In George Orwell’s classic novel “1984”, the supreme dictator, called Big Brother, systematically reduced the number of words that the citizen slaves could use. The fewer the words, the fewer the ideas, the narrower the thinking and the less power in people’s minds. The language of this totalitarian world was called “newspeak”.
The words that govern our thinking in relation to work are not just semantic entities, but influence what we perceive and what we think is possible or not. Usually we are not aware of how these concepts prime our thinking. We simply think and act along certain familiar lines.
Our vocabulary around work resembles “newspeak” in its lack of diversity and richness. We have been accustomed to talking about a very limited number of things: such as jobs, labor, job markets, managers, employers, freelancers, employees.
The definition of an employee is “somebody who works for another person or a company for pay”. It is therefore not about you, but about what other people want of you, and they don’t really want you, but a part of you, what you can do, your competences.
The post-industrial revolution is a revolution in power. More and more opportunities are being democratized. The new power is vested in knowledgeable people. Just as the Industrial Revolution catered to managers and firms, the post-industrial world rewards individuals and networks. But we don’t yet have the words, the new vocabulary of the new age.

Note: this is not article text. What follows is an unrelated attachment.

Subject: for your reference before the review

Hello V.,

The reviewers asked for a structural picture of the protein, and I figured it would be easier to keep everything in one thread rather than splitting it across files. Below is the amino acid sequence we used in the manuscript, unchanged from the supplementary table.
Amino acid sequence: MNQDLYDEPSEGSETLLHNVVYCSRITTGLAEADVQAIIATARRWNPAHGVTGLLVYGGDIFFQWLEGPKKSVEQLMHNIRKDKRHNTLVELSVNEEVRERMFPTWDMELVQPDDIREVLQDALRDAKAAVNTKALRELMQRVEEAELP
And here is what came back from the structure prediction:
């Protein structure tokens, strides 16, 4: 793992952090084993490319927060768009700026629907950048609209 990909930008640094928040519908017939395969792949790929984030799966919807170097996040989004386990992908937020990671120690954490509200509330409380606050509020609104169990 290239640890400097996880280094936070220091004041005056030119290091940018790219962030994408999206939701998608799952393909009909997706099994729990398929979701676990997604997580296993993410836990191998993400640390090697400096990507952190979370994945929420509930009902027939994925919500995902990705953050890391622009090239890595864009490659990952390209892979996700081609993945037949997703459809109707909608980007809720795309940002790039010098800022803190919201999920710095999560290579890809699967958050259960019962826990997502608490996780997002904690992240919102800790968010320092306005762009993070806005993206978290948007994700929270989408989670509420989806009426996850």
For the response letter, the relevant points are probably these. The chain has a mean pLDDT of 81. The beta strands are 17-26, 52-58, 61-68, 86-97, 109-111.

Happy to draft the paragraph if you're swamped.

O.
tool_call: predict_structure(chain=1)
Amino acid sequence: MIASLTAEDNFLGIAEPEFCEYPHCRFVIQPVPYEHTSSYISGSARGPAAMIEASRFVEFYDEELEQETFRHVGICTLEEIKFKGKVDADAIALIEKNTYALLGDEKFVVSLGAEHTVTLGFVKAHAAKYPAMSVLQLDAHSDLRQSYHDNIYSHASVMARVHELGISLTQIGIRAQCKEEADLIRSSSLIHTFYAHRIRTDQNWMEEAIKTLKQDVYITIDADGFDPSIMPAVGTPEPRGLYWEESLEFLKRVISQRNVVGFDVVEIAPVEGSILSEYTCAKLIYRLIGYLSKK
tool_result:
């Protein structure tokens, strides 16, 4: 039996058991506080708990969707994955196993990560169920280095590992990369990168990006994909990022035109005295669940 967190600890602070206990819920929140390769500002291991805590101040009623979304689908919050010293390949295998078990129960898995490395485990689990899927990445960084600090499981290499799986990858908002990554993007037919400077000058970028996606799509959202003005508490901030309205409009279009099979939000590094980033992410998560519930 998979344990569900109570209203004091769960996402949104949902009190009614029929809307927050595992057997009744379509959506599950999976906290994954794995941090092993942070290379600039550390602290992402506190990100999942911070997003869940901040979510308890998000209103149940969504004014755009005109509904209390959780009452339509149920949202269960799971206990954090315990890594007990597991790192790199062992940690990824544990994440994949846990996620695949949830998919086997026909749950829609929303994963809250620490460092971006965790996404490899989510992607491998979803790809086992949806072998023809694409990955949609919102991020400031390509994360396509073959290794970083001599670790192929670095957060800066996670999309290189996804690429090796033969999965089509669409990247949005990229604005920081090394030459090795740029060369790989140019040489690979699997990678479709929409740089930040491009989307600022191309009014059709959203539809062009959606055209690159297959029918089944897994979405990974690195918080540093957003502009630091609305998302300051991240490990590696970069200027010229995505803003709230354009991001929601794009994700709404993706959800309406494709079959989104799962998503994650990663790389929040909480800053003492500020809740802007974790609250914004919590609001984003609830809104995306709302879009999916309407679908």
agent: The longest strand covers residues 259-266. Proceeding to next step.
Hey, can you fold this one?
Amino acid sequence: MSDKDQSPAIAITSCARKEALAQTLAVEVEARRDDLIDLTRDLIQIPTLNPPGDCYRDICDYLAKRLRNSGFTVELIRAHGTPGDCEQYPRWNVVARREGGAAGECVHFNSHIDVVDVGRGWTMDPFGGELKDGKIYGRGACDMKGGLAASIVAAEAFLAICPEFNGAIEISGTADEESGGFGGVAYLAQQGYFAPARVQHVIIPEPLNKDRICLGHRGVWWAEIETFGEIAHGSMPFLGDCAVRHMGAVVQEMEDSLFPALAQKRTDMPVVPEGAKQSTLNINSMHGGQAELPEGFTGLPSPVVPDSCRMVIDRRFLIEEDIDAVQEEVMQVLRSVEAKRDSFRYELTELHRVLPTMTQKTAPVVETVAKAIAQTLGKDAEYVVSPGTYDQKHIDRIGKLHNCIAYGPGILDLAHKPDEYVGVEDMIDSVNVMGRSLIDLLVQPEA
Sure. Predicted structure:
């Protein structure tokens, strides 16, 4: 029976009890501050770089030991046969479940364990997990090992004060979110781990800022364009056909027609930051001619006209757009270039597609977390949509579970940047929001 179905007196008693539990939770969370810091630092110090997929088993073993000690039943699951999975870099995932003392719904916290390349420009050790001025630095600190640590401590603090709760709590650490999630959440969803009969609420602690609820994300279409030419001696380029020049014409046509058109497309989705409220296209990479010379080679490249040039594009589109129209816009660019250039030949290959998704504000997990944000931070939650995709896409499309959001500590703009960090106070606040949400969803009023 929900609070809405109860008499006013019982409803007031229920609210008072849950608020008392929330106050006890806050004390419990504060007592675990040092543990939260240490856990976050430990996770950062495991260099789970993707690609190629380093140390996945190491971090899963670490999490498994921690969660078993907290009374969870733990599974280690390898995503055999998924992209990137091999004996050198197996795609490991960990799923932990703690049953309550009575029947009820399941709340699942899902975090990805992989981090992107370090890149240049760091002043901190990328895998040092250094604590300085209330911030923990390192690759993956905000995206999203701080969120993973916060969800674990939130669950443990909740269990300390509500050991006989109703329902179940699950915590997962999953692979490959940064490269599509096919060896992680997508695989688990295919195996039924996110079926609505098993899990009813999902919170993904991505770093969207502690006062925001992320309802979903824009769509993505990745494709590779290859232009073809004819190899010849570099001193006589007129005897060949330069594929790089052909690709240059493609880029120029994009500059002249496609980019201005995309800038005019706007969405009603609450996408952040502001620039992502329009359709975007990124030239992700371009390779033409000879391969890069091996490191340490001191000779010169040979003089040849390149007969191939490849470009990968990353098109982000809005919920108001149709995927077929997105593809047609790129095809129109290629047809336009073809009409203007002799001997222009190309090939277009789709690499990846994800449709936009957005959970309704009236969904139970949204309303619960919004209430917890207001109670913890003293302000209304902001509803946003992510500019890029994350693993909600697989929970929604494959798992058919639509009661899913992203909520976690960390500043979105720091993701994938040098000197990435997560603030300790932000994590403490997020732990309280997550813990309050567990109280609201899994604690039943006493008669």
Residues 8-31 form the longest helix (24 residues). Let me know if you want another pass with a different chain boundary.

Nilofer Merchant is a leading voice in creating the post-industrial narrative. There are very few management thinkers who have done as much as Nilofer to help us to make sense of the new world. Among the concepts that she has coined is “Onlyness”. Nilofer explains: “Onlyness is what only that one individual can bring to a situation. It includes the journey and passions of each human.”
I interpret “Onlyness” as a form of responsibility that grows from your own context. Response-ability, the ability to choose what you do, will be one of the key work skills in the future. It is the polar opposite of the learned helplessness created during the industrial era. Learned helplessness is a belief that we are at the mercy of external forces – the managers, the employers and the markets – and not in control of what is happening to us. Martin Seligman claims that this feeling is not only learned but is built in as a feature in many of our social systems, where somebody else, by default, tells us what we should think and do. In the post-industrial world we need to make a conscious effort to clear our minds of learned helplessness.
Although most things in life are beyond anyone’s control, you can control what you do with most of your time. You can control your commitments, the things you promise to yourself and others. You can control who you choose as role models, who you follow and who you seek out for advice and inspiration. You can control who you spend your time with. For many, a role model creates an image of someone for young people to look up to. Children need people to follow, but adults need them too. Finding people who represent what you want to do or what you want to be can give you a huge boost. The best mentors are people who are ahead of you, but have been where you are now.